From the history of Bhutan we come to know that Bhutan was once known as “Lhomon Tsenden Jong” by the Tibetan, which literally means the “Southern Land of Cypress Tree”. The name a given since Bhutan was covered mostly by the Cypress Tree, which other then a medical herb and an incense tree, is also Bhutan’s National Tree.
The Royal Government of Bhutan has made a policy of preserving minimum of 65% of Bhutan’s area under Forest Coverage. It was a wise decision of our formal King of Bhutan, Jigme Singye Wangchuck, who made a unique philosophy from the world, that’s The Philosophy of Gross National Happiness (GNH). The king also said in one of his National gathering with his people, “Gross National Happiness is much important than Gross National Product”. To bring this philosophy into a realm, GNH was further illustrated that it consisted of FOUR PILLARS which makes the GNH. From those four pillars, one pillar is Environmental Preservation. So, protecting of Bhutan’s Natural Wealth is not only a rule laid by the government but also a contributing stone to but a Happy Bhutan.
Many people come to Bhutan to commune with nature, to watch birds or look for exotic animals. The well-cared for environment of Bhutan supports more than 5,000 plant species, including some 300 medicinal plants and 600 types of orchids.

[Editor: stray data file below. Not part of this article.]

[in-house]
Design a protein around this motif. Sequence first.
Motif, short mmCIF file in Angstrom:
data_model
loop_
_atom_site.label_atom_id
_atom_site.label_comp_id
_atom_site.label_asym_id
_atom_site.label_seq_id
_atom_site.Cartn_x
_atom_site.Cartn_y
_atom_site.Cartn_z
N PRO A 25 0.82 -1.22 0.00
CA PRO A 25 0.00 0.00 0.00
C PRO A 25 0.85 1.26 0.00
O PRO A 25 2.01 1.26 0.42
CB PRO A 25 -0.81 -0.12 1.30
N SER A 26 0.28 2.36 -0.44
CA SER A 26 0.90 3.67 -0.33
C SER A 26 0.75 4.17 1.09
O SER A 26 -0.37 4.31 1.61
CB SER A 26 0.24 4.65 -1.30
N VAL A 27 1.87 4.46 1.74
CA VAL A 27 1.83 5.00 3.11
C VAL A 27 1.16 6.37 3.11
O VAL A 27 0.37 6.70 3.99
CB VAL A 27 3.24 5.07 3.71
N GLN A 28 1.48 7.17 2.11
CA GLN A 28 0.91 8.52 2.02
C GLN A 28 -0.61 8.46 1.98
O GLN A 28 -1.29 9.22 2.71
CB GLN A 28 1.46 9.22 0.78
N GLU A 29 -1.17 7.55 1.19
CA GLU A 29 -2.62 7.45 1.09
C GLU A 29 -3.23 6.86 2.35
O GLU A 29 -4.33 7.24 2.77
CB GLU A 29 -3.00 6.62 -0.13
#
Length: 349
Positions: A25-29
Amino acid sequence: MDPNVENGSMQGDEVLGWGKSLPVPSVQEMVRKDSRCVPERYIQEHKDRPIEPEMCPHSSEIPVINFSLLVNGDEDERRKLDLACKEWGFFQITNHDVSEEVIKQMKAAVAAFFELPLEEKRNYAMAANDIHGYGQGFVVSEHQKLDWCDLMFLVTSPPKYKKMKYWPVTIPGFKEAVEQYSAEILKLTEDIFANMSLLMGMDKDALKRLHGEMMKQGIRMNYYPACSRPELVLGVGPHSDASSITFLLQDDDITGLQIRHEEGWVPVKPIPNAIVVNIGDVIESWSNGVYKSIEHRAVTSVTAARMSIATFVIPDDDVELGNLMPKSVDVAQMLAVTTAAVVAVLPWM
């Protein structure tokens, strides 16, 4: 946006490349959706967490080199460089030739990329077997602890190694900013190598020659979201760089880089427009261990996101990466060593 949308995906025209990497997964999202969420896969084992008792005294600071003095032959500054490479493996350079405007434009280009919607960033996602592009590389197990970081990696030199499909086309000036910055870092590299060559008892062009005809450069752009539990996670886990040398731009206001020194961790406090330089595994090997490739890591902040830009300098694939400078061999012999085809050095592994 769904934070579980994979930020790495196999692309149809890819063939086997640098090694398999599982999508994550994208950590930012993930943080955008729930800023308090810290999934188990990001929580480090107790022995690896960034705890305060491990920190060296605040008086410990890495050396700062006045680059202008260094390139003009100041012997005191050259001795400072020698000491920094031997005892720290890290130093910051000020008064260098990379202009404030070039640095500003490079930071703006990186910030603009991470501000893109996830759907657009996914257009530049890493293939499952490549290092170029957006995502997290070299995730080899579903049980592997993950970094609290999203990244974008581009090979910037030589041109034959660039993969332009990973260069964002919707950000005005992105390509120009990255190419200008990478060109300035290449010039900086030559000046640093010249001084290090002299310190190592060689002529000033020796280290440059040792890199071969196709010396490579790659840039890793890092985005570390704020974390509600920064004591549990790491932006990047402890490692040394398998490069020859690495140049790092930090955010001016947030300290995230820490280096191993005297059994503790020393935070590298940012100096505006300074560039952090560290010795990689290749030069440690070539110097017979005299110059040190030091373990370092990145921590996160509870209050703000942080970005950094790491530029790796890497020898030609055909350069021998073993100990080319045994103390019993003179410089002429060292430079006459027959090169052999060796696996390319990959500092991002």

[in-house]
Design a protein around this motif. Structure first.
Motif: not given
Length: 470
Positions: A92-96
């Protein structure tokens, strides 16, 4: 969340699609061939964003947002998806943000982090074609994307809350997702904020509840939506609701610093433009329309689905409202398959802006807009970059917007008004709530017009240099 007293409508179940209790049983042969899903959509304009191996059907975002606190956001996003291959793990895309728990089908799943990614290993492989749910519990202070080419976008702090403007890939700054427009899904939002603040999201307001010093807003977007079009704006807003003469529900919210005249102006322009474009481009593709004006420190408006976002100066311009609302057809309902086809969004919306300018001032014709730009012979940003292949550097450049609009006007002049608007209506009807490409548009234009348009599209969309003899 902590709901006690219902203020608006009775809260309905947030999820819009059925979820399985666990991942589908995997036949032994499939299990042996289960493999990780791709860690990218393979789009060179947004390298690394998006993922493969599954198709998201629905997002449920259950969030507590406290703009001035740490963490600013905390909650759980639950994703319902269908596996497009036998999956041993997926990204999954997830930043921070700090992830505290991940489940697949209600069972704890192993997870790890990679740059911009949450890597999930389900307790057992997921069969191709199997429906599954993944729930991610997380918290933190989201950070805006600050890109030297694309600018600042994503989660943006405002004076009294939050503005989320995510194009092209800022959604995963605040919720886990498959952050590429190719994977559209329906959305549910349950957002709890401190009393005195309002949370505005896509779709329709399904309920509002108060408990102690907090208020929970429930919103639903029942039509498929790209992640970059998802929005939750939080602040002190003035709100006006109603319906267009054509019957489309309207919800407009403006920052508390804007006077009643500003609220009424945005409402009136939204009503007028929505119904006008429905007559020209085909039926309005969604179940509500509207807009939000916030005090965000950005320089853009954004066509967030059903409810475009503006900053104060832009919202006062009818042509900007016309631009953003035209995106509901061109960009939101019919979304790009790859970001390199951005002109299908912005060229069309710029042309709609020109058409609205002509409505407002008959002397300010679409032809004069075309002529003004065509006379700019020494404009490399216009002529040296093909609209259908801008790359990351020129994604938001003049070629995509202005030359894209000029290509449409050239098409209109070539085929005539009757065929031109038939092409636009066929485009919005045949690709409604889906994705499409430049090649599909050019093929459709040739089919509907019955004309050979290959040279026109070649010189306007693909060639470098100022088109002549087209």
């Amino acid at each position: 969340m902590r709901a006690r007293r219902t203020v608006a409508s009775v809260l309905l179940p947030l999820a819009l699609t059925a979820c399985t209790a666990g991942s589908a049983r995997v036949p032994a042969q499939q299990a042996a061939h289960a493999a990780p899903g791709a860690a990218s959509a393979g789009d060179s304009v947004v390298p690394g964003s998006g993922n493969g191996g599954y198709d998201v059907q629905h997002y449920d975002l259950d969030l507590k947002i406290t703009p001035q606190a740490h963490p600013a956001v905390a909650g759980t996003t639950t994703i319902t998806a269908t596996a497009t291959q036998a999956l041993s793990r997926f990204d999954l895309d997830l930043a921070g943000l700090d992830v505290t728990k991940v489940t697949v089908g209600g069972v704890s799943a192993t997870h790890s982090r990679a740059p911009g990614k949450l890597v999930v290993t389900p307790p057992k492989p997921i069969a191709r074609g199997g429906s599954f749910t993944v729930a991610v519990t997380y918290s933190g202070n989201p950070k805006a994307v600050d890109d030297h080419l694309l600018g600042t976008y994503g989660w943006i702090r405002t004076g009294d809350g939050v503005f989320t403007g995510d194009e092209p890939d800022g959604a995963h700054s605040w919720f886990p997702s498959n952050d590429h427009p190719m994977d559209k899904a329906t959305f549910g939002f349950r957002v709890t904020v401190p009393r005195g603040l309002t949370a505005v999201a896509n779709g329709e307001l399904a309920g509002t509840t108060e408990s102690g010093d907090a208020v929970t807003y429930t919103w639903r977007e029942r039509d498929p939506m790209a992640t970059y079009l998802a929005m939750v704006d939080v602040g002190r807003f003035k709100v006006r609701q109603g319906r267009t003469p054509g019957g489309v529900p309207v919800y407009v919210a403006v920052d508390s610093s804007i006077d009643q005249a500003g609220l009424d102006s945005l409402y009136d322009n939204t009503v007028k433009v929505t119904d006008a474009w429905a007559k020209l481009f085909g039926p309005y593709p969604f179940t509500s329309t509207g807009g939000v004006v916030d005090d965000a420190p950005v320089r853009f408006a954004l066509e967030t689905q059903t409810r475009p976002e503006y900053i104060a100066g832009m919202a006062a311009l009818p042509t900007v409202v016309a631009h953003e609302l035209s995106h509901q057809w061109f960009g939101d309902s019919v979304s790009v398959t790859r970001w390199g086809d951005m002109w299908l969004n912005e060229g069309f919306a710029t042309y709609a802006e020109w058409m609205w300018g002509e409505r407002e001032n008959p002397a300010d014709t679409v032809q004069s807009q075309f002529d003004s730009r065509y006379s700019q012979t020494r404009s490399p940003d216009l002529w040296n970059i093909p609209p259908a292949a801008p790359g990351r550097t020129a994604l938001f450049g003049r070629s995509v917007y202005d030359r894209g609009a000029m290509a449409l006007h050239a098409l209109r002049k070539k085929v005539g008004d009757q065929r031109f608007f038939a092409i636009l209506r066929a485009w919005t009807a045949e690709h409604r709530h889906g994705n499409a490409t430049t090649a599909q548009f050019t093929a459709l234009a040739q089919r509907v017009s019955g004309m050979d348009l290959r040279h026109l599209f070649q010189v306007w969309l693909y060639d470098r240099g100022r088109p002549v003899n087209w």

An abundance of bird life fills the forests and fields. Six hundred and seventy five different species have been identified (more than anywhere else on earth) and that list is growing as more and more birders visit Bhutan. While the most publicized birds are black-necked cranes that winter in Bhutan, other recorded sightings include the white-bellied heron, Blyth’s tragopan, and many hoopoes, cuckoos, warblers, horn-bills, and sun-birds.
In the Bhutanese animal kingdom there are 165 species. The strange looking takin (somewhat like an American moose) is the National animal. Other creatures you may find are monkeys, elephants, tigers, rhinos, Himalayan brown bears, red pandas, wild pigs, blue sheep, mountain goats, antelope, golden langurs, wild buffalo, and Himalayan martins. If you are lucky, you may even see a snow leopard!